Many clients may come to the table providing data that is "rolled up" or "aggregated" already, which does not provide the event level data Faraday requests. While this type of data is holistically useful for business analysts and business leadership to understand trends, patterns and summary attributes about an individual, Faraday already has a automated system in place to do just this.

Example of rollup data:

The reason Faraday is asking for event-specific data is because our prediction modeling system is built on individuals entering certain cohorts, based on a date. Having only the first or last date of an event (as in the above screenshot) actually hinders our ability to model off of your customers.

Faraday will take in your data:

  • event-by-event, along with all other associated fields in the row

  • match these events to known identities using our algorithm

  • make assessments on meaningful, strong-signaled patterns present

Therefore, rollups are the way to represent the aggregation of a single field in an event stream, based on some window prior and relative to the reference date provided in its definition. These can be leveraged by cohort membership and joined directly to those individuals for enrichment to the outcome. More common examples of types of aggregations might be (but not limited to):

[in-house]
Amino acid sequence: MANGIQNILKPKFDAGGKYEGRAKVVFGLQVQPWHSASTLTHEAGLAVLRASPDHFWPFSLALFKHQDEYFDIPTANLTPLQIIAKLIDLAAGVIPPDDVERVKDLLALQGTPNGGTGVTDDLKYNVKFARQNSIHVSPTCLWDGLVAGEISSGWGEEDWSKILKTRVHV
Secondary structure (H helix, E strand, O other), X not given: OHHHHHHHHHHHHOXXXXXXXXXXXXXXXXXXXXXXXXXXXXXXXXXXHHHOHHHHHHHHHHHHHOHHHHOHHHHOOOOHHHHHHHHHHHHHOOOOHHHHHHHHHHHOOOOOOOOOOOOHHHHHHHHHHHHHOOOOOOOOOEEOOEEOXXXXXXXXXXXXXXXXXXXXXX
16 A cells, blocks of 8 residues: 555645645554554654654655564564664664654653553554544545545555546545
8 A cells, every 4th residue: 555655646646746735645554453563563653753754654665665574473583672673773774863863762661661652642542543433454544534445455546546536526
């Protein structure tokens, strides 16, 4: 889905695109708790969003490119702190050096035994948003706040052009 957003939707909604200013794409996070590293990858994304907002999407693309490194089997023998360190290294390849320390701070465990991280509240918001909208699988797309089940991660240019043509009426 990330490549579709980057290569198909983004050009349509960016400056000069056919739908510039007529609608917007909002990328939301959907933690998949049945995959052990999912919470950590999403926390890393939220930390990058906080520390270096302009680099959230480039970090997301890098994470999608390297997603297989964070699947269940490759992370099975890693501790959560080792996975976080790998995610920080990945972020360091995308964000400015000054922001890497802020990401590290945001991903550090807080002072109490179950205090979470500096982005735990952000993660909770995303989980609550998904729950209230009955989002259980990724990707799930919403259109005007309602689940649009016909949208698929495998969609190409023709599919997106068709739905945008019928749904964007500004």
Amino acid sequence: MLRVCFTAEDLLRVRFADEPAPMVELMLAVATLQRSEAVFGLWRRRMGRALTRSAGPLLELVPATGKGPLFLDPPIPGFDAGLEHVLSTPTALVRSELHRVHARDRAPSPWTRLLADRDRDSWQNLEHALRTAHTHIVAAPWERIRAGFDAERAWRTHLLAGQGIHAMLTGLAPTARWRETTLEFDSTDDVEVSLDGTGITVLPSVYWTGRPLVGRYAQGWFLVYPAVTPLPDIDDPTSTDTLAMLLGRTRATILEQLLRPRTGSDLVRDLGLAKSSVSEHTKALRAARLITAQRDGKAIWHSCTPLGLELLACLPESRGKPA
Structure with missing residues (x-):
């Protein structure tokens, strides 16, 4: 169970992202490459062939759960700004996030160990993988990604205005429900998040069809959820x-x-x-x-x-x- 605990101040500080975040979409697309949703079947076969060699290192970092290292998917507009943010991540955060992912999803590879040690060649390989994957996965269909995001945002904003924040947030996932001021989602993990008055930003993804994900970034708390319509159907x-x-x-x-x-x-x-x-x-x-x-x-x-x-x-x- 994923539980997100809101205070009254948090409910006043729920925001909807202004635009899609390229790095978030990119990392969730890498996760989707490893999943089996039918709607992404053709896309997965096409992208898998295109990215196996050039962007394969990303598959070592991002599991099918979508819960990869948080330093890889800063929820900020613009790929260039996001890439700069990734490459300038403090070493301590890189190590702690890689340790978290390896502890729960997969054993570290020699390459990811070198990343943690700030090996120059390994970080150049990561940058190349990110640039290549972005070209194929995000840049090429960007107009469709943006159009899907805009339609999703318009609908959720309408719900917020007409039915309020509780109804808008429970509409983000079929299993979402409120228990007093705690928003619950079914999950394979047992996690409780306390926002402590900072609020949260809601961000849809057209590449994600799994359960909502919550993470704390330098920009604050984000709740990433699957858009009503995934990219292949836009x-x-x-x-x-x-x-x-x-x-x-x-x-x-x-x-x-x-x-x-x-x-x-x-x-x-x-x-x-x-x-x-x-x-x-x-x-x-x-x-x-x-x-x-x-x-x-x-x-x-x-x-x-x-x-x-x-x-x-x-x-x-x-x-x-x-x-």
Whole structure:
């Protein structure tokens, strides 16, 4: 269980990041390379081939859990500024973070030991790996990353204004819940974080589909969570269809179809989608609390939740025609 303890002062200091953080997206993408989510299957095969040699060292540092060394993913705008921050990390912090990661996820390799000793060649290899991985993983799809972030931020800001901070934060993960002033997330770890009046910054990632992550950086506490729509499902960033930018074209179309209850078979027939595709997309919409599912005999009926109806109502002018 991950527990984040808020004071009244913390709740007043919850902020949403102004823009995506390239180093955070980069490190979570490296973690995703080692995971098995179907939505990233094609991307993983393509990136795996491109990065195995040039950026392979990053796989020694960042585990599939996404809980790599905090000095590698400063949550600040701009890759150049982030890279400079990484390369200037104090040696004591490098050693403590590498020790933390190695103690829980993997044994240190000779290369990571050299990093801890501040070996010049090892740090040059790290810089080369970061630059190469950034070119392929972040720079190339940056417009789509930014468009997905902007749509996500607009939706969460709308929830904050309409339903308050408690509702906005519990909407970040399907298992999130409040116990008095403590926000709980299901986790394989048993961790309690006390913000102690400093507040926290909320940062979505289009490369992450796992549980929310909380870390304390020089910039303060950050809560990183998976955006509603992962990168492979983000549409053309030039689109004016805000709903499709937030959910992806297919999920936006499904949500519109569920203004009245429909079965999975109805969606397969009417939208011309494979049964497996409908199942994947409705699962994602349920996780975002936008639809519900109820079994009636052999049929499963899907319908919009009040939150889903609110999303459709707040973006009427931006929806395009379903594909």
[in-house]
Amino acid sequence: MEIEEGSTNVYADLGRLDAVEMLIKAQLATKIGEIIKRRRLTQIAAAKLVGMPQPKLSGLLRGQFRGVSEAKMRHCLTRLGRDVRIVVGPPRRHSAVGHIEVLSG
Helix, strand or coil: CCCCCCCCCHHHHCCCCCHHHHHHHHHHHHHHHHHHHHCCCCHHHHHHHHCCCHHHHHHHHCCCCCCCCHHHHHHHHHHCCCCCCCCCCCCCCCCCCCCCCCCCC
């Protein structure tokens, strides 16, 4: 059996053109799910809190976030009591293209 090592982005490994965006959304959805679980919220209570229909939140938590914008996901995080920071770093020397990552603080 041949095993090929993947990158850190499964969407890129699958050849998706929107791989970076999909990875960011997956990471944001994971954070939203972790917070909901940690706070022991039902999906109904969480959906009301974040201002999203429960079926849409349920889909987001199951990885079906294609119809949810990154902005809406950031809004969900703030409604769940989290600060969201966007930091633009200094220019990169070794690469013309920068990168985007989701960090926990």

• SUM

  • UNION (distinct values)

  • MAX

  • MIN

  • windowed DAYS FROM

which may be translated into things like:

  • COUNT of orders from day 1 to day 90

  • SUM of policy payments received from day 30 to day 60

  • UNION of distinct browser types viewing pages last 7 days

  • MAX value of investments from 284 to 365 days

  • MIN value of payment (all time)

  • DAYS FROM first event to last event

The result of a particular rollup is a single feature for a household (specifically, an "individual") in either the training or scoring data. These stand as important first-party data characteristics that can be used to tune and/or queue your model to providing a greater level of specificity on behaviors you may not have even know existed within the data!

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